Although Karel is a professor at the University of Amsterdam, he spends a great deal of time in Japan, writing for various publications, debating Japanese politicians and working very hard to try to help Japan. He had read some things that I had written and I was happy to have Karel say I was a "kindred spirit."
We discussed the history of postwar Japan and how Japan had missed an opportunity to build a more functional democracy because of the focus on fighting communism driven in large part by the American occupation. The US Occupation helped fund the conservative "Liberal Democratic Party" which co-opted or crushed most of the so-called "left-wing" liberal groups that were trying to emerge. A particularly unfortunate victim of this effort was the The Japan Teachers Union. Many teachers in postwar Japan felt a great deal of guilt for having taught children Imperialist warmongering based on the right-wing central government produced texts of the time. There was a strong desire among teachers to turn this guilt into something constructive. The Teachers Union confronted the LDP and the Ministry of Education and pushed for decentralization of education and fought against textbook censorship. The conservatives attacked them and marginalized them, effectively crushing the effort. In light of the recent discussion on Japanese historical revisionism and the festering right-wing, it is really a pity that this movement was crushed since it could have become a positive movement to help face the facts of Japanese Imperialist history. (The union still exists, but is taking a much more moderate stance on reform.)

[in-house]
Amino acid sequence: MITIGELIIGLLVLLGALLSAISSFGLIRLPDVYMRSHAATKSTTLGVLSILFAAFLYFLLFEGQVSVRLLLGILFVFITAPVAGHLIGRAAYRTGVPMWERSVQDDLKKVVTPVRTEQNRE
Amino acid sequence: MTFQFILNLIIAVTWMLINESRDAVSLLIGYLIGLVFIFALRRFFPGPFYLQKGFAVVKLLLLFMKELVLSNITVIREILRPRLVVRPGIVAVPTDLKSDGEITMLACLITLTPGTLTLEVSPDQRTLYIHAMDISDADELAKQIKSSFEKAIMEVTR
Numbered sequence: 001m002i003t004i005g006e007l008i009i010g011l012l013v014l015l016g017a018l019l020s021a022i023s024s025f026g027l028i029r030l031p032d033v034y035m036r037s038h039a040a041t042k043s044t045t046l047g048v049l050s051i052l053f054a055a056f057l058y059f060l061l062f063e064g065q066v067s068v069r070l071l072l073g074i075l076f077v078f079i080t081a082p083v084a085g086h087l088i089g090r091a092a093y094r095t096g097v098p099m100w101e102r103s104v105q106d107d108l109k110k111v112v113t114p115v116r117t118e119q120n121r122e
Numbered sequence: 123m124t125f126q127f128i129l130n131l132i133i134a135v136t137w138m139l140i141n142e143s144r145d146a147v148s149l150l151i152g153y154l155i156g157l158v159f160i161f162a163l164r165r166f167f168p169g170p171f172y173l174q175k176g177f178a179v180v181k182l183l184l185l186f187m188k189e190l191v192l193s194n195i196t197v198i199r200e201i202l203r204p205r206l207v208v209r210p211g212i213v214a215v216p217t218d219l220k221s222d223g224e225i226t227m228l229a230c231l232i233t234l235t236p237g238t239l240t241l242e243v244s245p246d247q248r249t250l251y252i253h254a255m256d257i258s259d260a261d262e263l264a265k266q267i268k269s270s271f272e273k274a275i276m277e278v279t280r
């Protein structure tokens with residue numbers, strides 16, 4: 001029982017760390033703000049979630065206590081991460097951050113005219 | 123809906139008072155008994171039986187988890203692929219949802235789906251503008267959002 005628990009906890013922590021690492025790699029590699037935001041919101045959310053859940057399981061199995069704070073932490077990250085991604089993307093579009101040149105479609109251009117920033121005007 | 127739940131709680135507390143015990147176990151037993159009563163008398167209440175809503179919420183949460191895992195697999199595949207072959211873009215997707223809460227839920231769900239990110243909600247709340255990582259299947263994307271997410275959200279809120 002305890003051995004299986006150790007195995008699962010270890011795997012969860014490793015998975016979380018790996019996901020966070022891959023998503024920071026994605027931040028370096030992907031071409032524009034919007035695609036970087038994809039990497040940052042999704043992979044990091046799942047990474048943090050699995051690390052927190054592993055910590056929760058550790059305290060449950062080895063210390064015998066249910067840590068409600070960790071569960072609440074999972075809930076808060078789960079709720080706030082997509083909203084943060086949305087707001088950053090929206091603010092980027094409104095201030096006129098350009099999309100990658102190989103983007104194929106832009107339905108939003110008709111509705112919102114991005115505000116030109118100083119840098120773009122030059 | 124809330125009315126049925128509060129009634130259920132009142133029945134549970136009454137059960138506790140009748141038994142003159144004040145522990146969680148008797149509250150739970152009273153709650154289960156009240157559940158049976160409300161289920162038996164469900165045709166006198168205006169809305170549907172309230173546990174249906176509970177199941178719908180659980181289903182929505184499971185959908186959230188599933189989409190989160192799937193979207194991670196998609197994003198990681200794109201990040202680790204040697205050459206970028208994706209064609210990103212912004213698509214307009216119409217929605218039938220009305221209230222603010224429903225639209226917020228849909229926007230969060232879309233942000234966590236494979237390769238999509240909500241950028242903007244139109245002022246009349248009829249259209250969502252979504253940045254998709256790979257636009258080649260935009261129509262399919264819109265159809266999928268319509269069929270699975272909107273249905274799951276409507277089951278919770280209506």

We talked about the Internet and Wikipedia and how facts and history are being collectively created online. One interesting problem that he has is that many people spell his name as "von Wolferen" instead of "van Wolferen". Even editors of major newspapers consistently "correct" the spelling and change it to "von". It has gotten so bad that there are more results for the wrong spelling than the correct one on Google. It's funny to imagine people who are so sure of their spelling that they would change the spelling of someone's name without checking.
We promised to keep in touch and try to collaborate in the future.